One chipmaker rules the mobile device arena; the other dominates personal computers. Both have ambitious goals for expansion, and that means butting heads is inevitable
By Seth Weintraub and JP Mangalindan
As Intel's power-hungry chips grow more efficient and ARM CPU designs make strides in performance, the two chipmakers find themselves facing off for market share in a familial safe ground that's become a veritable hot zone brimming with untapped potential and consumer dollars.
We're talking, of course, about the living room.
Until recently, Intel (INTC) and ARM have largely stayed out of each other's way, with each one dominating a different part of the computing world. Intel's rule over the personal computer industry is as storied as it is solid -- variants of the chip titan's CPUs can be found in an overwhelming majority of traditional PCs. Last quarter, it was estimated the company's market share inched up to nearly 72%, while its closest competitor, AMD (AMD), saw its market share slide slightly to 28%. And Macintosh and Linux desktops are almost entirely Intel-based as well.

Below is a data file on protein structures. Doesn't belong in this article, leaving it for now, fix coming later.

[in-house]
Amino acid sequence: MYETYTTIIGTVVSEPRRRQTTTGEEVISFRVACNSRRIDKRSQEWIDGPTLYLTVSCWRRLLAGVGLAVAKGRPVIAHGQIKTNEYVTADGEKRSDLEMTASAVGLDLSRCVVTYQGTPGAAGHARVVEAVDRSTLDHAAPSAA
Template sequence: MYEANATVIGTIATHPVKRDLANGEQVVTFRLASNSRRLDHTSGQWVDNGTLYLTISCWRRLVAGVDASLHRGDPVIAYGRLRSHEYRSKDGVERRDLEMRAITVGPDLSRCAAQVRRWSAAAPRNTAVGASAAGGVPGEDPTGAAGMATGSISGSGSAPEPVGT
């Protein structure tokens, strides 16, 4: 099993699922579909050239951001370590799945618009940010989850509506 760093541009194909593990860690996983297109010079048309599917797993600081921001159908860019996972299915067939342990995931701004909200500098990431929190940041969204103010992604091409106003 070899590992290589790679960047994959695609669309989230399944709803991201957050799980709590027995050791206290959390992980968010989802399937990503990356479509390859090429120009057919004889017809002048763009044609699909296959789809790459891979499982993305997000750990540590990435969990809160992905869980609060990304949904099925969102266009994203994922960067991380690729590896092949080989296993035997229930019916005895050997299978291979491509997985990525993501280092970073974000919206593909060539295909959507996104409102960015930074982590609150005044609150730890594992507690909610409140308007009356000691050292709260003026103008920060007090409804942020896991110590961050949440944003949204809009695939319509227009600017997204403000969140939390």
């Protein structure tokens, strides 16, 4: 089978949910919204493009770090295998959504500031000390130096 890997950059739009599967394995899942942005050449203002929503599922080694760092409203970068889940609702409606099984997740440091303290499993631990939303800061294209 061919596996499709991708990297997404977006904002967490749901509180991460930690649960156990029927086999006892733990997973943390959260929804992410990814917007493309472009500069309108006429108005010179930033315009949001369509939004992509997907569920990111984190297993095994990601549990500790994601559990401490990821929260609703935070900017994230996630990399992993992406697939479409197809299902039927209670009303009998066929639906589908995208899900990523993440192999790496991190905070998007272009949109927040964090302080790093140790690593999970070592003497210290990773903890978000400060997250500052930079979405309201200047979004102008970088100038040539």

Although the two devices from the new tech rivals serve very different purposes, on the chip level, they have a lot in common.
GoogleTV is manufactured by Logitech and Sony and contains a System on Chip (SoC) designed by Intel. The iPad's SoC is an ARM design made by Apple (though manufacturing is outsourced to Samsung). However, both of these SoCs use a PowerVR graphics processor from a small UK-based company MORESeth Weintraub - May 25, 2010 10:37 AM ET
Ars Technica suggests that the much-hyped A4 chip may not be all it's cracked up to be
Most companies that go to the trouble and expense of designing a new application processing chip -- like the A4 that powers Apple's iPad -- are eager tell the world all about it.
But not Apple (AAPL), which has said little about the new CPU beyond its name.
In a provocative analysis posted Sunday, Ars Technica MOREPhilip Elmer-DeWitt - Mar 1, 2010 6:58 AM ET
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